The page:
It is pretty daunting to write a post about Angkor Wat. Not only how to do the place justice but there are probably a million write-ups out there about it. All I can do is share (words and photos) how I saw it and perhaps it will help those who have not been there visualize it, and those who have been there remember their visit…
We were told by a few people to not miss sunrise at Angkor Wat. Considering all the travels away from home at that point (ATL to Chicago, Chicago to Bali (via ATL!), and then Bali to Bangkok to Siem Reap), waking up at an absurd time in the morning did not seem as absurd as it would at any other point in my life. So, arrangements were made for a 4:45 AM pick-up at the hotel to go to see our local star rise behind Angkor Wat…
First stop: Get the darn ticket. One can get a day pass or a multi-day pass. I was sorta scratching my head as to why the people taking us had not gotten the tickets ahead of time. I found out why soon enough: they take your photo and print it on your permit to enter the temple ‘zone.’ Since we were packing it all in into one day, the pass cost us $20US. Not bad really, especially considering the scale of the area ‘littered’ with temple complexes. All that has got to be kept up, etc.
After getting our ticket, our guide took us to the main vantage point from which one can ooh-and-aah one’s way through sunrise. There were clouds in the distance so we did not see a beautiful orange-yellow disk rise from the horizon. But seeing the temple with the sky around it changing colors from dark blues, to mid-blues, to purples, to orange-ish, etc. was pretty neat.
I decided to take a fast-pace video over a 15-minute stretch to see what that would look like. No, it did not result in a magical show but it still was worth the effort to hold the smartphone as still as possible in my hands for that long. Since I was half asleep anyway, I barely noticed the 15 minutes had elapsed. (The 15 minutes are compressed into a one minute video below. Let me know if you think it was worth my 15 minutes!)
After snapping a couple of pix of each other, my friend and I moved on from that spot to get to the causeway that would lead us to the main temple we all know as Angkor Wat. It still was not full light so the pictures were either brilliant or so-so, depending on how demanding a viewer of photos you may be – I will let you reach your own conclusions 🙂 We were also advised to not go back to the hotel after sunrise, as many do to nap and have breakfast, but -instead- to have the hotel pack us a breakfast and just eat it on-site so we could then explore the complex before it got crowded later in the morning (it was also a good idea since it only gets hotter as the day goes by so the earlier the visit, the less suffering!).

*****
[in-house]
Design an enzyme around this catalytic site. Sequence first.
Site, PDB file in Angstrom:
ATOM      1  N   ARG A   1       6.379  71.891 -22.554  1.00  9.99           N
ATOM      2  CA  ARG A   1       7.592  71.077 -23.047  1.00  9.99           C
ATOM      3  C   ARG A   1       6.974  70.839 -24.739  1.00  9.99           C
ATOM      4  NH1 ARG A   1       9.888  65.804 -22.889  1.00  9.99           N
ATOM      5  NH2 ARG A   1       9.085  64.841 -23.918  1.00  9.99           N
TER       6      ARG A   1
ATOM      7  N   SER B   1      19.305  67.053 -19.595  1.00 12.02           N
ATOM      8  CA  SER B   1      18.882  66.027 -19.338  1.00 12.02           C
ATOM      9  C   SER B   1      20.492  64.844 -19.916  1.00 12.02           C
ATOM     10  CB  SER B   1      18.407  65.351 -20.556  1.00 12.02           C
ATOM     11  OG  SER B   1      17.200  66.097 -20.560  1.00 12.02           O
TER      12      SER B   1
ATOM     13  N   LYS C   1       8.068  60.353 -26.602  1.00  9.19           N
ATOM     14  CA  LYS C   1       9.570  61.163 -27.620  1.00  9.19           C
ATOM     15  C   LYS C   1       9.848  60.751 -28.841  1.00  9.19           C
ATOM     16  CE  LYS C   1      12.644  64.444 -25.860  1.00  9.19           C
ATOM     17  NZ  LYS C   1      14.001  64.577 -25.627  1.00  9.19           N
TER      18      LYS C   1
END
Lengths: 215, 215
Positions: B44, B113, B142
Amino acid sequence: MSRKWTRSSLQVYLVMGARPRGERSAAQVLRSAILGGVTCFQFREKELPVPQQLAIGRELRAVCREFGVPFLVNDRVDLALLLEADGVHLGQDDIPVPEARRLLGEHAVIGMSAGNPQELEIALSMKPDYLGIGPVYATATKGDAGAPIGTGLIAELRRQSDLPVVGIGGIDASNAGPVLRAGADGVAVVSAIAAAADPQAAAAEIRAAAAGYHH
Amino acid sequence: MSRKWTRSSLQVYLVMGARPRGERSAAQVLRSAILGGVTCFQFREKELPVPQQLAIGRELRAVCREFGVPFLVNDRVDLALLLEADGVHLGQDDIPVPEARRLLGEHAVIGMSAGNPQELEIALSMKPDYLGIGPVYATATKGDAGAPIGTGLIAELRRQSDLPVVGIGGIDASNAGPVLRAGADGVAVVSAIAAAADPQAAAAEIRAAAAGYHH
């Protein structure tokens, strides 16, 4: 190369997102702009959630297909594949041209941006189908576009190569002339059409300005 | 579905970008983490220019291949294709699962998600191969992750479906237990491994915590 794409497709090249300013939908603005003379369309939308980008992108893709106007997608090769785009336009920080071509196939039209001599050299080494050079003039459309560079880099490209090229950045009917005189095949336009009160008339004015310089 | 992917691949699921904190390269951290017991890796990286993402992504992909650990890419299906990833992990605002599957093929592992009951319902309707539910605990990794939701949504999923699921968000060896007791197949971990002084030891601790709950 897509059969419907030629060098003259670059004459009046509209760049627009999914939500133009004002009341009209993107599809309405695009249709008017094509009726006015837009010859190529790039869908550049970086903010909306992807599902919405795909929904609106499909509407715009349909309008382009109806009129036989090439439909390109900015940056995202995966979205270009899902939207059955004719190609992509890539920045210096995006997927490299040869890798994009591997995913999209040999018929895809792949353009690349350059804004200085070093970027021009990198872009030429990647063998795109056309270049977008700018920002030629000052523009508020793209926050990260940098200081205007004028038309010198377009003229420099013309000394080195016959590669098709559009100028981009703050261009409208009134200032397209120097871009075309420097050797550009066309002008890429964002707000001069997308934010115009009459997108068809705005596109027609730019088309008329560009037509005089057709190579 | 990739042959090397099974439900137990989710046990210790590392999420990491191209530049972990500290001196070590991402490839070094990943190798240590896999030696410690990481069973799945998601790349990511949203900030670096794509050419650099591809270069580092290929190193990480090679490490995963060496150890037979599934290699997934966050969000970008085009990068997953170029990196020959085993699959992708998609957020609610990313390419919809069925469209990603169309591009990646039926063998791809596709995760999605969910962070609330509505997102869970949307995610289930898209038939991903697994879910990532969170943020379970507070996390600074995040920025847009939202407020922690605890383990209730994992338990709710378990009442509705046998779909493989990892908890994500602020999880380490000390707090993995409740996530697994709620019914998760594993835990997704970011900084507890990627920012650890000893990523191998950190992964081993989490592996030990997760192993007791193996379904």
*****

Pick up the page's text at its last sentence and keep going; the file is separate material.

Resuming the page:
On the way to the main temple, I especially liked ‘the library’ ruins on the left-hand side of the causeway – mainly because it gave me a good way to frame the main temple! (Always looking -not always successfully- for a good photo spot!)
We entered the main temple area from a side entrance by climbing some stairs and our guide explained some of the carvings as we headed to the inner courtyard. From there we walked along the side of the central ‘structure’ (I struggle with what to call the different parts of the complex), and observed a couple of places where the stuff under the exterior stone was exposed.
After turning the corner, we saw the staircase that would lead us up to the top terrace of the main temple. The staircase to be used was not the original steps; rather, a staircase was built on top so that our visitor feet would not destroy the ancient stonework – and probably to keep us safe too. It was a very steep climb but going up was not as scary as going down. I am not scared of a steep climb or descent, but I also do not want to suffer a bad fall!
Once we got upstairs, it was REALLY cool. From up there you see above the tree tops and can easily see how the jungle took over complexes like Angkor War once abandoned.
There were four inner courtyards atop the temple and it was neat walking the outer hallway looking out in every direction in the compass while then turning inward and seeing the various temples or altars with Buddhas. I do not recall how much time we spent up there but I enjoyed admiring it all.
So, Angkor Wat delivered on my expectation on seeing something quite unique in my experience and, clearly, from the experience of many as it is a UNESCO World Heritage Site (not one of the token ones, mind you, but a real one!). Seeing the father and son praying made it even better as it is not just an archaeology site, but a site of living faith – very cool to see.
Angkor Wat had been on my ‘hope-to-see-someday’ list and definitely the top spot for me to see in Southeast Asia. I am grateful for the opportunity to see it in person and explore it – photo bomb on my credential or not 🙂 Now I need to decide what will go in its former spot in my ‘hope-to-see-someday’ list… nice problem to have!